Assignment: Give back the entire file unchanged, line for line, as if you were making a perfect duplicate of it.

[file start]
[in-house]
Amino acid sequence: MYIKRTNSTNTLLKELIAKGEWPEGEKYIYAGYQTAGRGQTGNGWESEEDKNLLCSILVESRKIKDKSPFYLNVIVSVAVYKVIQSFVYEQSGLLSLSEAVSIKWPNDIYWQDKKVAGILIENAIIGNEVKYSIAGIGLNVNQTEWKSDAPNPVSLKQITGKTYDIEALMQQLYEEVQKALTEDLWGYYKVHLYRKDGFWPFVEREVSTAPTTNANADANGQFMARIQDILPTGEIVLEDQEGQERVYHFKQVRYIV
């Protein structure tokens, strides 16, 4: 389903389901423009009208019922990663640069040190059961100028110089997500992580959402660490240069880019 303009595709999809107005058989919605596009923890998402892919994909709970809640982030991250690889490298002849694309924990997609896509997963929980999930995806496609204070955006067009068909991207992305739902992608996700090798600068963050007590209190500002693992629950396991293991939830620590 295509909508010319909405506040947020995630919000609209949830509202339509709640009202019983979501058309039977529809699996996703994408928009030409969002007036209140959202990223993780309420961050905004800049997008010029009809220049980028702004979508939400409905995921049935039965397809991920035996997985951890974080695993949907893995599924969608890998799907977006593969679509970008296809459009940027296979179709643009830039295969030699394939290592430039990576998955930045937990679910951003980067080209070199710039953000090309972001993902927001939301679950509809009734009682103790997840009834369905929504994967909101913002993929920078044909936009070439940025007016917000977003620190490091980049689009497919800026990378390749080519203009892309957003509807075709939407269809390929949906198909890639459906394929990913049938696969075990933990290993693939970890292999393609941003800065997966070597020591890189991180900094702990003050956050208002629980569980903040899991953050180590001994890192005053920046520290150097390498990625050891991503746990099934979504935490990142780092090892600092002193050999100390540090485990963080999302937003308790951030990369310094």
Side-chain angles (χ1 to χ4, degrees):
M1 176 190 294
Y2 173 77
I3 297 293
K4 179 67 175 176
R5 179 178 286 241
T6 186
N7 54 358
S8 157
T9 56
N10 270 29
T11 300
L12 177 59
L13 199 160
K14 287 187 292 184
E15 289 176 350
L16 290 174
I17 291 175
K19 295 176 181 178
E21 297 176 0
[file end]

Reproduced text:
[in-house]
Amino acid sequence: MYIKRTNSTNTLLKELIAKGEWPEGEKYIYAGYQTAGRGQTGNGWESEEDKNLLCSILVESRKIKDKSPFYLNVIVSVAVYKVIQSFVYEQSGLLSLSEAVSIKWPNDIYWQDKKVAGILIENAIIGNEVKYSIAGIGLNVNQTEWKSDAPNPVSLKQITGKTYDIEALMQQLYEEVQKALTEDLWGYYKVHLYRKDGFWPFVEREVSTAPTTNANADANGQFMARIQDILPTGEIVLEDQEGQERVYHFKQVRYIV
């Protein structure tokens, strides 16, 4: 389903389901423009009208019922990663640069040190059961100028110089997500992580959402660490240069880019 303009595709999809107005058989919605596009923890998402892919994909709970809640982030991250690889490298002849694309924990997609896509997963929980999930995806496609204070955006067009068909991207992305739902992608996700090798600068963050007590209190500002693992629950396991293991939830620590 295509909508010319909405506040947020995630919000609209949830509202339509709640009202019983979501058309039977529809699996996703994408928009030409969002007036209140959202990223993780309420961050905004800049997008010029009809220049980028702004979508939400409905995921049935039965397809991920035996997985951890974080695993949907893995599924969608890998799907977006593969679509970008296809459009940027296979179709643009830039295969030699394939290592430039990576998955930045937990679910951003980067080209070199710039953000090309972001993902927001939301679950509809009734009682103790997840009834369905929504994967909101913002993929920078044909936009070439940025007016917000977003620190490091980049689009497919800026990378390749080519203009892309957003509807075709939407269809390929949906198909890639459906394929990913049938696969075990933990290993693939970890292999393609941003800065997966070597020591890189991180900094702990003050956050208002629980569980903040899991953050180590001994890192005053920046520290150097390498990625050891991503746990099934979504935490990142780092090892600092002193050999100390540090485990963080999302937003308790951030990369310094």
Side-chain angles (χ1 to χ4, degrees):
M1 176 190 294
Y2 173 77
I3 297 293
K4 179 67 175 176
R5 179 178 286 241
T6 186
N7 54 358
S8 157
T9 56
N10 270 29
T11 300
L12 177 59
L13 199 160
K14 287 187 292 184
E15 289 176 350
L16 290 174
I17 291 175
K19 295 176 181 178
E21 297 176 0